He did all of this without ever raising his voice, expressing an opinion in a strong manner, or making waves. Modesty and politeness were his calling cards—perhaps for that reason, he usually “got his way” with little struggle. As his career developed, his life-style changed from the casual informality of a young curator to an almost courtly style which he maintained with no pretention. I well remember taking my graduate students from UT Austin to his small house in the Park Cities in 1977 or 1978 to find the walls filled with old master and modern drawings, many in search of attributions that he soon provided. It was a classic curator’s collection.
Bill spent his later years with his life partner Robert Brownlee in a Turtle Creek apartment building in which most of the inhabitants had connections to the art world. The two men lived in an atmosphere of refined elegance, and their collection assumed greater importance with major drawings by artists like Delacroix and Cézanne, varied works of sculpture, and old master paintings. A combination of modern and traditional furniture formed a perfect frame for this supremely personal collection of art.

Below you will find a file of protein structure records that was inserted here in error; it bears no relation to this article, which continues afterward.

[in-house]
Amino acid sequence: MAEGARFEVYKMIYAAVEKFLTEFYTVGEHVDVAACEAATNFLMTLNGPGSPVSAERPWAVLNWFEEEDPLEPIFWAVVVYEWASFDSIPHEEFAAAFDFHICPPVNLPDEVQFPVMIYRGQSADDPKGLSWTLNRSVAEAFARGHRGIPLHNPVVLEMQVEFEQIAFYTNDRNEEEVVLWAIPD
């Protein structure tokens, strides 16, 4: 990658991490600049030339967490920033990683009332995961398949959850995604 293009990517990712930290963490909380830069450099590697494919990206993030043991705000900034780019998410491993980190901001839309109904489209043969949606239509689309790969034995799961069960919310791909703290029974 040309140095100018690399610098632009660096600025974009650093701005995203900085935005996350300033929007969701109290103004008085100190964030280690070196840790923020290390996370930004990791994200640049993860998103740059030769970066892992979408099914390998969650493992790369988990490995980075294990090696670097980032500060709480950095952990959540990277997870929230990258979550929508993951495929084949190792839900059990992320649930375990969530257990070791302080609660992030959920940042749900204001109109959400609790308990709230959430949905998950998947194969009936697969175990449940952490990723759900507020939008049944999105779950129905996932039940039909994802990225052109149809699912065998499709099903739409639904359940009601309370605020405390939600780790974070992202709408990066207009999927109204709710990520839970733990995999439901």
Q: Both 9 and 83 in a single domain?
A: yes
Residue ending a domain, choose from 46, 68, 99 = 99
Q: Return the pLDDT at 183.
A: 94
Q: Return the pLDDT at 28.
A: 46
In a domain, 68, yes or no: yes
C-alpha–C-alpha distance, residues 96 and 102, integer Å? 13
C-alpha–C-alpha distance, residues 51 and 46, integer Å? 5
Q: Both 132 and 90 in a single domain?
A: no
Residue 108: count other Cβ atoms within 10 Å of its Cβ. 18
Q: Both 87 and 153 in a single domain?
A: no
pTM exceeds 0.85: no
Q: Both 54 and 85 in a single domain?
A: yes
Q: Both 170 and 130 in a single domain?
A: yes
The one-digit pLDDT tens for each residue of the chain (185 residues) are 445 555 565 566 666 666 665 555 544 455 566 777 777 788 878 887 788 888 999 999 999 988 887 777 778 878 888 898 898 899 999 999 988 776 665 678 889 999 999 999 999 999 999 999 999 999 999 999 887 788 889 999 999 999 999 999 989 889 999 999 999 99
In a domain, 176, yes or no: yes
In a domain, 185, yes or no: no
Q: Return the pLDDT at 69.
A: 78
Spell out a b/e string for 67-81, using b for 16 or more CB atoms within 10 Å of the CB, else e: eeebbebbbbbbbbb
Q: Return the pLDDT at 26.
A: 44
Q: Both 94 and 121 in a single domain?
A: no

As with all else in Bill’s world, his life was private–easily opened up to friends from the global art community and from Dallas and Fort Worth society, but never trumpeted through publicity or frequent “art tours.” His world was shared with Robert and with their closest friends.
After the Kimbell years, Bill joined many boards both locally and nationally. He was an essential member of the boards of the Nasher Sculpture Center, The Dallas Museum of Art, and The Foundation for the Arts. His advice about acquisitions and exhibitions at the Meadows, a museum he essentially created, was only offered when sought and, fortunately, that was often. He also became involved with the Chinati Foundation in Marfa.